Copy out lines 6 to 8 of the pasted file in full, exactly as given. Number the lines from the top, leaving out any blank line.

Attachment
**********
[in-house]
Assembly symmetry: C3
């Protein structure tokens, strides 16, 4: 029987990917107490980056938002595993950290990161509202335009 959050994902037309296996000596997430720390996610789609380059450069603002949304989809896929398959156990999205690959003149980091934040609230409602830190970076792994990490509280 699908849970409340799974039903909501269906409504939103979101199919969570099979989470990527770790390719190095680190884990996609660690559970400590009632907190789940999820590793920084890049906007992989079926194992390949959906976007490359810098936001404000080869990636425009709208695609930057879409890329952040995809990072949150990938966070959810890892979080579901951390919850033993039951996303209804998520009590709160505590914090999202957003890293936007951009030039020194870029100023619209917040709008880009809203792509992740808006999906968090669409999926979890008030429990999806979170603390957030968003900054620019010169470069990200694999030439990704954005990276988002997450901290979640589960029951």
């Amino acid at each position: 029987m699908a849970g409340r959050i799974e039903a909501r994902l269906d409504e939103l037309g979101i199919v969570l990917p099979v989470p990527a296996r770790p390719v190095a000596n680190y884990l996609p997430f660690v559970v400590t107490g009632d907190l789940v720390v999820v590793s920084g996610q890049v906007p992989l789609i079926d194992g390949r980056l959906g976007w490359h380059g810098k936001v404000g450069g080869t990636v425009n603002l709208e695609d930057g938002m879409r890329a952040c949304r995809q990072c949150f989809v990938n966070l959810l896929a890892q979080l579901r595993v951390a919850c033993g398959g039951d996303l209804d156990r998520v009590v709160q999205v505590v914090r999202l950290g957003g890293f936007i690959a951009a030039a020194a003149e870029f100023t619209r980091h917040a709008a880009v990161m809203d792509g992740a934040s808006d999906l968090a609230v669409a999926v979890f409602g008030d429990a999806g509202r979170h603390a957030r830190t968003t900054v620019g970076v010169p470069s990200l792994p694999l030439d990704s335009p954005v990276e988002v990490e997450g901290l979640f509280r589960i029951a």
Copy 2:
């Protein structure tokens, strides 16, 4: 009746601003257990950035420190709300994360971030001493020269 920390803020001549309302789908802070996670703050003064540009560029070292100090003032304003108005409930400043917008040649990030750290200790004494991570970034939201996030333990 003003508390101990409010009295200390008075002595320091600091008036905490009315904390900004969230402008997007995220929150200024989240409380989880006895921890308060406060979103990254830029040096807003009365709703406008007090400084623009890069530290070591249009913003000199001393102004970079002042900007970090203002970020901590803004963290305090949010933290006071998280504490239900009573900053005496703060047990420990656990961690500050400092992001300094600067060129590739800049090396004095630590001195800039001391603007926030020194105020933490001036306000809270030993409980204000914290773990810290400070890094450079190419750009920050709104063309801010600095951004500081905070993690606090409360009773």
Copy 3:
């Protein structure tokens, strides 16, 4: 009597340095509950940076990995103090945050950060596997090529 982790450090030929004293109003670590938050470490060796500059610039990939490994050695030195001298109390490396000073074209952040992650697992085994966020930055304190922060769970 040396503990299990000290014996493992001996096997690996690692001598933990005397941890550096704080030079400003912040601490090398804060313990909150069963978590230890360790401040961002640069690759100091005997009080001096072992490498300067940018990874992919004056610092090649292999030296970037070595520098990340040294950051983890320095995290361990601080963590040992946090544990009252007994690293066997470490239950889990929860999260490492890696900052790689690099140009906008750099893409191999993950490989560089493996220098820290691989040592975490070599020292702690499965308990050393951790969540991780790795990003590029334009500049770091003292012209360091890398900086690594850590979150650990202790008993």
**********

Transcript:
């Protein structure tokens, strides 16, 4: 009746601003257990950035420190709300994360971030001493020269 920390803020001549309302789908802070996670703050003064540009560029070292100090003032304003108005409930400043917008040649990030750290200790004494991570970034939201996030333990 003003508390101990409010009295200390008075002595320091600091008036905490009315904390900004969230402008997007995220929150200024989240409380989880006895921890308060406060979103990254830029040096807003009365709703406008007090400084623009890069530290070591249009913003000199001393102004970079002042900007970090203002970020901590803004963290305090949010933290006071998280504490239900009573900053005496703060047990420990656990961690500050400092992001300094600067060129590739800049090396004095630590001195800039001391603007926030020194105020933490001036306000809270030993409980204000914290773990810290400070890094450079190419750009920050709104063309801010600095951004500081905070993690606090409360009773």
Copy 3:
């Protein structure tokens, strides 16, 4: 009597340095509950940076990995103090945050950060596997090529 982790450090030929004293109003670590938050470490060796500059610039990939490994050695030195001298109390490396000073074209952040992650697992085994966020930055304190922060769970 040396503990299990000290014996493992001996096997690996690692001598933990005397941890550096704080030079400003912040601490090398804060313990909150069963978590230890360790401040961002640069690759100091005997009080001096072992490498300067940018990874992919004056610092090649292999030296970037070595520098990340040294950051983890320095995290361990601080963590040992946090544990009252007994690293066997470490239950889990929860999260490492890696900052790689690099140009906008750099893409191999993950490989560089493996220098820290691989040592975490070599020292702690499965308990050393951790969540991780790795990003590029334009500049770091003292012209360091890398900086690594850590979150650990202790008993």